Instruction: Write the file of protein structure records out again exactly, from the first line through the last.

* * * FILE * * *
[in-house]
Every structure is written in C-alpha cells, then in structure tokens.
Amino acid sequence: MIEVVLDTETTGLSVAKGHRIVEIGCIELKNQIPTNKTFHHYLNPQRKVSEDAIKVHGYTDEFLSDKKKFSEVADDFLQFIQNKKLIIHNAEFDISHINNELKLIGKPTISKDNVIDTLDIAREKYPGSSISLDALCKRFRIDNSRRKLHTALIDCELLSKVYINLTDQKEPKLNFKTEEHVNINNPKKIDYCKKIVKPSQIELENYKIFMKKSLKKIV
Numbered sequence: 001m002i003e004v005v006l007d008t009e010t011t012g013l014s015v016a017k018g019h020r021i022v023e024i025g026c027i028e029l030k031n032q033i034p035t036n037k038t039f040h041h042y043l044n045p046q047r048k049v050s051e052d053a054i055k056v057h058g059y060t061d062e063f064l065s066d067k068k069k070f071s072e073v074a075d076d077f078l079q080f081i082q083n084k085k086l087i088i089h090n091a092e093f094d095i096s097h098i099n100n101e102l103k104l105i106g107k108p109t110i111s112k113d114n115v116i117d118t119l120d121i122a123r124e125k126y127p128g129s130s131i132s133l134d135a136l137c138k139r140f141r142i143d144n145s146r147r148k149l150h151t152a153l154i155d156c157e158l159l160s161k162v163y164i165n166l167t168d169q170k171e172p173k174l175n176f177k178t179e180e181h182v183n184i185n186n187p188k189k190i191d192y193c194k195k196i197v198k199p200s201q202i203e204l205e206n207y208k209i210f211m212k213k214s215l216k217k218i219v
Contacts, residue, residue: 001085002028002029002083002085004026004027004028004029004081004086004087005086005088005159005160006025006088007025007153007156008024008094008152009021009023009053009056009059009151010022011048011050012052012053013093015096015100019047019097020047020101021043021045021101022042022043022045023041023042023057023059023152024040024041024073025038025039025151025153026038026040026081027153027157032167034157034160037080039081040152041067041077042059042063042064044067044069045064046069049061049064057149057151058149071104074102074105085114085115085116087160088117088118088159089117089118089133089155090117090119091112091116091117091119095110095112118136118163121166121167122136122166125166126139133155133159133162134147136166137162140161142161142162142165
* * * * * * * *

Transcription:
[in-house]
Every structure is written in C-alpha cells, then in structure tokens.
Amino acid sequence: MIEVVLDTETTGLSVAKGHRIVEIGCIELKNQIPTNKTFHHYLNPQRKVSEDAIKVHGYTDEFLSDKKKFSEVADDFLQFIQNKKLIIHNAEFDISHINNELKLIGKPTISKDNVIDTLDIAREKYPGSSISLDALCKRFRIDNSRRKLHTALIDCELLSKVYINLTDQKEPKLNFKTEEHVNINNPKKIDYCKKIVKPSQIELENYKIFMKKSLKKIV
Numbered sequence: 001m002i003e004v005v006l007d008t009e010t011t012g013l014s015v016a017k018g019h020r021i022v023e024i025g026c027i028e029l030k031n032q033i034p035t036n037k038t039f040h041h042y043l044n045p046q047r048k049v050s051e052d053a054i055k056v057h058g059y060t061d062e063f064l065s066d067k068k069k070f071s072e073v074a075d076d077f078l079q080f081i082q083n084k085k086l087i088i089h090n091a092e093f094d095i096s097h098i099n100n101e102l103k104l105i106g107k108p109t110i111s112k113d114n115v116i117d118t119l120d121i122a123r124e125k126y127p128g129s130s131i132s133l134d135a136l137c138k139r140f141r142i143d144n145s146r147r148k149l150h151t152a153l154i155d156c157e158l159l160s161k162v163y164i165n166l167t168d169q170k171e172p173k174l175n176f177k178t179e180e181h182v183n184i185n186n187p188k189k190i191d192y193c194k195k196i197v198k199p200s201q202i203e204l205e206n207y208k209i210f211m212k213k214s215l216k217k218i219v
Contacts, residue, residue: 001085002028002029002083002085004026004027004028004029004081004086004087005086005088005159005160006025006088007025007153007156008024008094008152009021009023009053009056009059009151010022011048011050012052012053013093015096015100019047019097020047020101021043021045021101022042022043022045023041023042023057023059023152024040024041024073025038025039025151025153026038026040026081027153027157032167034157034160037080039081040152041067041077042059042063042064044067044069045064046069049061049064057149057151058149071104074102074105085114085115085116087160088117088118088159089117089118089133089155090117090119091112091116091117091119095110095112118136118163121166121167122136122166125166126139133155133159133162134147136166137162140161142161142162142165